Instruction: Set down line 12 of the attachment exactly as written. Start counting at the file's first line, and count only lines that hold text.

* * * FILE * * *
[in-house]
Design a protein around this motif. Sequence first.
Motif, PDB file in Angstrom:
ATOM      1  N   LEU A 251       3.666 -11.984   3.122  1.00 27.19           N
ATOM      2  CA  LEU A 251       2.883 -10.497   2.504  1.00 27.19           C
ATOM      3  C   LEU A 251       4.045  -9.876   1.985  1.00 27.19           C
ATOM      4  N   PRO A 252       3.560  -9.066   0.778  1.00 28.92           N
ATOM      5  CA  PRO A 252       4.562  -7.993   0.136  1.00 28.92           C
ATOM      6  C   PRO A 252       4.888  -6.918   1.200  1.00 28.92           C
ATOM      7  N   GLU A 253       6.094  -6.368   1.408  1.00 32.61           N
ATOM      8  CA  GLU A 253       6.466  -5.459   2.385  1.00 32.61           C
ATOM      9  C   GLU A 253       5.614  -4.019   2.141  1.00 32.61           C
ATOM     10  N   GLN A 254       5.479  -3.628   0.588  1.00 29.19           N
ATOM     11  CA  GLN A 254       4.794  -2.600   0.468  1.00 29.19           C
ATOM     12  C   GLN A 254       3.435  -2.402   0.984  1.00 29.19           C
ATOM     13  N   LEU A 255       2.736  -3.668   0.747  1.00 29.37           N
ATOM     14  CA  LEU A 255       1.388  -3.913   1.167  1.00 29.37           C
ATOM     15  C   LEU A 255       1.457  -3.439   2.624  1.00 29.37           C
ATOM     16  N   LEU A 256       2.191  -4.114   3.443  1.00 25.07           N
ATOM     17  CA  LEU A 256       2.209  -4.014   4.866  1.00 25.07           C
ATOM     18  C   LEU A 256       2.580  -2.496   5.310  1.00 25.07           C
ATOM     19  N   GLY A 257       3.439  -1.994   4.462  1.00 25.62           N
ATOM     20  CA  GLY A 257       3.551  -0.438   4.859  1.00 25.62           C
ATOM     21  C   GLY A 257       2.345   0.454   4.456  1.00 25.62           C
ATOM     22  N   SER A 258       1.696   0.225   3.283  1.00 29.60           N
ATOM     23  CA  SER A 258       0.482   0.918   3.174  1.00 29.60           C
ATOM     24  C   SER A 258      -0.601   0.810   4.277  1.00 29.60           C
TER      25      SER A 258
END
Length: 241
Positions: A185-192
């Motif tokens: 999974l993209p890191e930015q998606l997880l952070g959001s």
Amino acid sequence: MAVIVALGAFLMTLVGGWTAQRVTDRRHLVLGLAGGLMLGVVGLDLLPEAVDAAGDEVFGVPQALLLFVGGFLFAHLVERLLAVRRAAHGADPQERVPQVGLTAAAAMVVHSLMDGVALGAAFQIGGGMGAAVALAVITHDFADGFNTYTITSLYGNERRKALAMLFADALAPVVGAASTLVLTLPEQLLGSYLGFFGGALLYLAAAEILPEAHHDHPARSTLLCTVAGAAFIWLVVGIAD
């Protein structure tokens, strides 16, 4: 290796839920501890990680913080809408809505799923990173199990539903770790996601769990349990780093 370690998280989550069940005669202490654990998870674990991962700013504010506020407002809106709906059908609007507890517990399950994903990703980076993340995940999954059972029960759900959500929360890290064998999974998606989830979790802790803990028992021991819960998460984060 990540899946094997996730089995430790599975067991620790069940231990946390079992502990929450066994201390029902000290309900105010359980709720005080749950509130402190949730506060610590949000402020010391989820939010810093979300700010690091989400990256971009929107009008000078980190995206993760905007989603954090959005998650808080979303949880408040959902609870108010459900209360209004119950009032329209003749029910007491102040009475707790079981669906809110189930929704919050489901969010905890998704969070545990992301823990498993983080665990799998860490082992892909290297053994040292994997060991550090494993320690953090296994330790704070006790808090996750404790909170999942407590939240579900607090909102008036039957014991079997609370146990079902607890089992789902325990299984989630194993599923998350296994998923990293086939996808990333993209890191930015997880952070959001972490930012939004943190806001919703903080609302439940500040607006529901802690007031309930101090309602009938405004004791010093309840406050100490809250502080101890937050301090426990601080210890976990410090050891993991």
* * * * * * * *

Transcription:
ATOM      9  C   GLU A 253       5.614  -4.019   2.141  1.00 32.61           C